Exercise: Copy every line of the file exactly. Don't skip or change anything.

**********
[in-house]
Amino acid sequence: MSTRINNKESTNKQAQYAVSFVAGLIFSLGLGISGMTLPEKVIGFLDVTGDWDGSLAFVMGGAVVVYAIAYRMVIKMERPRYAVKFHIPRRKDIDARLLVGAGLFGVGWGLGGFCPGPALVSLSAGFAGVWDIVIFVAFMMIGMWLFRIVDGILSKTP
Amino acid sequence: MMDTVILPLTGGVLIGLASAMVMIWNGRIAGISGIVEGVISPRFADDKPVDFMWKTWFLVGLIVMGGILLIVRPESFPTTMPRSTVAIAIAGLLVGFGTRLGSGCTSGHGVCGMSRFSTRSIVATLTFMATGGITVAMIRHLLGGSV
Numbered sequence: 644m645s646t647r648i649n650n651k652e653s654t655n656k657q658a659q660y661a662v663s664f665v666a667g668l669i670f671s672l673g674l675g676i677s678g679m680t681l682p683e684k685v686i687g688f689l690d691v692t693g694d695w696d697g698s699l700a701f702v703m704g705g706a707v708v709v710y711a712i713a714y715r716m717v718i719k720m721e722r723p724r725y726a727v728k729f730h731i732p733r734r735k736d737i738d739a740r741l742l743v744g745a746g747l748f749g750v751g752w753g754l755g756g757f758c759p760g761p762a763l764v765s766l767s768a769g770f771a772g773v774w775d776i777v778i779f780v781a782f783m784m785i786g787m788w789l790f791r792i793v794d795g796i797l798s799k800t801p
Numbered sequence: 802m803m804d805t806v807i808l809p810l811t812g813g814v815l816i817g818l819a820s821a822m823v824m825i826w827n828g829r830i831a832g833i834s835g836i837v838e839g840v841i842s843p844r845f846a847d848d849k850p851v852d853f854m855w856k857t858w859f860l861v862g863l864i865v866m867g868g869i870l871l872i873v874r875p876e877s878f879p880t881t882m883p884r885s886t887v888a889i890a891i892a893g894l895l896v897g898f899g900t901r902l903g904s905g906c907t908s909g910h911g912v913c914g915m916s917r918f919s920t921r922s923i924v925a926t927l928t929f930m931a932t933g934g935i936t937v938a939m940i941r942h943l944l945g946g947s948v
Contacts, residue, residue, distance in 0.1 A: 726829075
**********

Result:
[in-house]
Amino acid sequence: MSTRINNKESTNKQAQYAVSFVAGLIFSLGLGISGMTLPEKVIGFLDVTGDWDGSLAFVMGGAVVVYAIAYRMVIKMERPRYAVKFHIPRRKDIDARLLVGAGLFGVGWGLGGFCPGPALVSLSAGFAGVWDIVIFVAFMMIGMWLFRIVDGILSKTP
Amino acid sequence: MMDTVILPLTGGVLIGLASAMVMIWNGRIAGISGIVEGVISPRFADDKPVDFMWKTWFLVGLIVMGGILLIVRPESFPTTMPRSTVAIAIAGLLVGFGTRLGSGCTSGHGVCGMSRFSTRSIVATLTFMATGGITVAMIRHLLGGSV
Numbered sequence: 644m645s646t647r648i649n650n651k652e653s654t655n656k657q658a659q660y661a662v663s664f665v666a667g668l669i670f671s672l673g674l675g676i677s678g679m680t681l682p683e684k685v686i687g688f689l690d691v692t693g694d695w696d697g698s699l700a701f702v703m704g705g706a707v708v709v710y711a712i713a714y715r716m717v718i719k720m721e722r723p724r725y726a727v728k729f730h731i732p733r734r735k736d737i738d739a740r741l742l743v744g745a746g747l748f749g750v751g752w753g754l755g756g757f758c759p760g761p762a763l764v765s766l767s768a769g770f771a772g773v774w775d776i777v778i779f780v781a782f783m784m785i786g787m788w789l790f791r792i793v794d795g796i797l798s799k800t801p
Numbered sequence: 802m803m804d805t806v807i808l809p810l811t812g813g814v815l816i817g818l819a820s821a822m823v824m825i826w827n828g829r830i831a832g833i834s835g836i837v838e839g840v841i842s843p844r845f846a847d848d849k850p851v852d853f854m855w856k857t858w859f860l861v862g863l864i865v866m867g868g869i870l871l872i873v874r875p876e877s878f879p880t881t882m883p884r885s886t887v888a889i890a891i892a893g894l895l896v897g898f899g900t901r902l903g904s905g906c907t908s909g910h911g912v913c914g915m916s917r918f919s920t921r922s923i924v925a926t927l928t929f930m931a932t933g934g935i936t937v938a939m940i941r942h943l944l945g946g947s948v
Contacts, residue, residue, distance in 0.1 A: 726829075